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Vulva usted mañana / Vulva Again Tomorrow

by Angela Acosta

Image is of red silky sheets crumbled up.
Image credit: Canva

-Vuelva usted mañana -nos dijo al siguiente día-, porque el amo acaba de salir.

- Come again tomorrow – he told us the following day -, because the owner just left.

            (“Vuelva usted mañana”, Mariano José de Larra)


Vulva usted mañana, le respondió la enfermera,

a la señora esperando un aborto,

Vulva again tomorrow, responded the nurse

to the woman awaiting an abortion,

Vulva usted mañana, le respondió el maestro,

al chico trans queriendo llevar el uniforme con corbata,

Vulva again tomorrow, responded the teacher,

to the trans boy wanting to wear the uniform with a tie,

Vulva usted mañana, le respondió el médico,

a la mujer esperando una operación que la daría la misma,

Vulva again tomorrow, responded the doctor,

to the woman waiting an operation to give her that very thing.


Come again tomorrow, make an appointment, take your pills.

Vulva again tomorrow, your anatomy is a site of difference,

of delay, of patience tested in the highest court of the land.

Larra was right, this is a kind of cultural joke, a mockery

for those who know banks are closed on Mondays

and clinics have more autonomy than your anatomy.


Come again tomorrow, bring your paperwork, your ultrasound scans.

Vulva again tomorrow, they’ll call you Miss “Without Delay,”

wondering why you are in such hurry for the siesta lasts for a few hours

and your procedure must be scheduled within six weeks.

Tomorrow, tomorrow goes the refrain, the constant strain

of limited hours and terrible customer service they chalk up

to the state of our nation, ever so different from Canada or Mexico.


Come again tomorrow, though you are wasting their time.

Vulva again tomorrow, hyper aware you now are of the ways

your body betrays across time and space, and here I am

not professing Larra was a feminist icon of nineteenth-century Spain,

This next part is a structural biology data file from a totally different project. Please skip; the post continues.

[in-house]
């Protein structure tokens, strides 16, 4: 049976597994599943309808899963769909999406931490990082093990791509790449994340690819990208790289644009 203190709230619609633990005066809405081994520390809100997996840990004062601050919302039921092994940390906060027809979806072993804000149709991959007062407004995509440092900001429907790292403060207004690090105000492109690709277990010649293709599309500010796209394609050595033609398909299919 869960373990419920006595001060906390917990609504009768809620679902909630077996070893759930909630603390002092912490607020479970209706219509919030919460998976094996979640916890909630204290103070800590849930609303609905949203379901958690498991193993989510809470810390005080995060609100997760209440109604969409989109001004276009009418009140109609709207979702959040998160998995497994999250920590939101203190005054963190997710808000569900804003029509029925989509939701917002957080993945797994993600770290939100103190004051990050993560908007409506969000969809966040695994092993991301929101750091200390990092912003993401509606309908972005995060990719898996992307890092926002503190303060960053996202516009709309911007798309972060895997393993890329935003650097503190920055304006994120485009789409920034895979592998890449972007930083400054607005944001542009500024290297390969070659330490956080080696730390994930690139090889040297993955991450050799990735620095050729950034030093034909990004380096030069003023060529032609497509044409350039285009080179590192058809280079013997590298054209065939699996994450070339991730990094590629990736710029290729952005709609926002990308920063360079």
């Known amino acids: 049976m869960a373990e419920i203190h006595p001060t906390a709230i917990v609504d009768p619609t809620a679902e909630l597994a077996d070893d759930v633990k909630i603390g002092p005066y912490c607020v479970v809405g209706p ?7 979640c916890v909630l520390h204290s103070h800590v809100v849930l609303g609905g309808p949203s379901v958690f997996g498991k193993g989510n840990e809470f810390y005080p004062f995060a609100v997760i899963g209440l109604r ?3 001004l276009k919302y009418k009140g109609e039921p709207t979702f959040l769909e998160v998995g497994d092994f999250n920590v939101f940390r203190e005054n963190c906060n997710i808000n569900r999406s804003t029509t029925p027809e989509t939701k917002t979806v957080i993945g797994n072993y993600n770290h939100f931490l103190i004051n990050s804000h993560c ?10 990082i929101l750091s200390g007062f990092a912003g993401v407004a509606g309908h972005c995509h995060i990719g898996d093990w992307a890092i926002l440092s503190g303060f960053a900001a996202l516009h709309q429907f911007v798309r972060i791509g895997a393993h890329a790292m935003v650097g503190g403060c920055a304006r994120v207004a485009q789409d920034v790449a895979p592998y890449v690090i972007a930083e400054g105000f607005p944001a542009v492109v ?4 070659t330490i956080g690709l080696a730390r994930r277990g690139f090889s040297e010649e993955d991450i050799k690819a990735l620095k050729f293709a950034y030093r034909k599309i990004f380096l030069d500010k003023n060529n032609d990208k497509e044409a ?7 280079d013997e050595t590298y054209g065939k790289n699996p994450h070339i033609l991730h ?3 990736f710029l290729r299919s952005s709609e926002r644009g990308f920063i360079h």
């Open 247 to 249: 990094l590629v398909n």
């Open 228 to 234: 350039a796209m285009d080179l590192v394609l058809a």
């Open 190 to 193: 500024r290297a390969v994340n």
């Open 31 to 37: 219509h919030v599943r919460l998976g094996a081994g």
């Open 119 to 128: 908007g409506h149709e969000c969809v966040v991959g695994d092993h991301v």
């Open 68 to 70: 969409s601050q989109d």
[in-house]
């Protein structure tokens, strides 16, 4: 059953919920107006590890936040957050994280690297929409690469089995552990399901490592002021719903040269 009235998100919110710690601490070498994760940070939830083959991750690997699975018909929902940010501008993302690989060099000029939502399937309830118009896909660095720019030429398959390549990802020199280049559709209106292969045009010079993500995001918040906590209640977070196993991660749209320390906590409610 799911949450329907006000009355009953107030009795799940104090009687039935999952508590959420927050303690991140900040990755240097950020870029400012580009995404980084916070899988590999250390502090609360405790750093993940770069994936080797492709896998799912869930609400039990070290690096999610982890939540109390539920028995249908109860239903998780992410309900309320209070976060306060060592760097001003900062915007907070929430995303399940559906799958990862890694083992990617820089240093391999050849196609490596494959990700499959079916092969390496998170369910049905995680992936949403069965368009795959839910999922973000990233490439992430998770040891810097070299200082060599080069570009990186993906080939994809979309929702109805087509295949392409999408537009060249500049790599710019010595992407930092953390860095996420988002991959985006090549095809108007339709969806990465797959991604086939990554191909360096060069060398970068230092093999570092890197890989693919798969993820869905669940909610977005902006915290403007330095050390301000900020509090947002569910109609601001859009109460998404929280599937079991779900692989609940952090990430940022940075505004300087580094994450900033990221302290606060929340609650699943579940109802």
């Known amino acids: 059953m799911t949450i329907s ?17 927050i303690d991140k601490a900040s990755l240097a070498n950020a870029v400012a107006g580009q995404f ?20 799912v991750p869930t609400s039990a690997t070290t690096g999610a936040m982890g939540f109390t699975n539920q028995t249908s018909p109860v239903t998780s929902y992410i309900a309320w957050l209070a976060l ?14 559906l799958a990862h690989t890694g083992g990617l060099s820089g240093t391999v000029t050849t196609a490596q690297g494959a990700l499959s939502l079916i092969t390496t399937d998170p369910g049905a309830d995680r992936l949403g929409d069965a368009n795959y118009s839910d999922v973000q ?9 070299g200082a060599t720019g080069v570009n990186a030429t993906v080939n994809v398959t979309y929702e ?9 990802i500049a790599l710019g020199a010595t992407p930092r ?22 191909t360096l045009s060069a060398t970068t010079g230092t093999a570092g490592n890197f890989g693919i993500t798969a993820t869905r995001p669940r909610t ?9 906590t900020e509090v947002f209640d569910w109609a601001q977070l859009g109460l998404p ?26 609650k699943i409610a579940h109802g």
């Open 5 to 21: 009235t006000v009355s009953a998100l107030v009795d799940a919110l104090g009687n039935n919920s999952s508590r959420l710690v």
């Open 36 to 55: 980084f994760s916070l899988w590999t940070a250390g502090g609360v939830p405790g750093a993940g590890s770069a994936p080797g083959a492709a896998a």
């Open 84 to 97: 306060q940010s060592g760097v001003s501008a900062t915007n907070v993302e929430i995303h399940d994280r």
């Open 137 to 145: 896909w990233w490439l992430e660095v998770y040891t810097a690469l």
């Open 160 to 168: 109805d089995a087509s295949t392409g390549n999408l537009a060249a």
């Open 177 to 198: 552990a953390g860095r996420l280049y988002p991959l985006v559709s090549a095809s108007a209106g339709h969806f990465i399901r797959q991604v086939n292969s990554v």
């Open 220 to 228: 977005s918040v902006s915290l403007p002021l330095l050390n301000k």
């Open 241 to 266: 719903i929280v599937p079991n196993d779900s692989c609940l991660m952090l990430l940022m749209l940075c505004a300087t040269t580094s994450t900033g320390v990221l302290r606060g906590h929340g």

(believe me, Concepción Arenal has all the credit), but he was right

about the waiting, the impatience, the dumbfounded looks

of why anyone would even want to embark on such futile quests.


Vulva usted ahora, es una necesidad de mayor urgencia,

vulva usted ahora, le responden los médicos, los abogados

y hasta los padres y los esposos.

Vulva now, it is a concern of the highest urgency,

vulva now, the doctors and lawyers respond,

even the fathers and husbands.


Vulva now, and you relax, finally content

to take that siesta they were always telling you about.

Vulva now, no delay, doors are finally opened wide.

Vulva now, you sit in class, in an exam room,

or even outer space (for what would a female astronaut be

without a hundred tampons?)

with no wait to exist in this body

you always had, wanted, and wished for.


Black and white image of the author, Angela Acosta.
Angela Acosta

Angela Acosta (she/her) is a Visiting Assistant Professor of Hispanic Studies at Davidson College specializing in modern and contemporary Spanish literature and culture. Her writing has appeared in Shoreline of Infinity, Apparition Lit, Radon Journal, and Space & Time. She is the author of Summoning Space Travelers (Hiraeth Publishing, 2022) and A Belief in Cosmic Dailiness: Poems of a Fabled Universe (Red Ogre Review, 2023).

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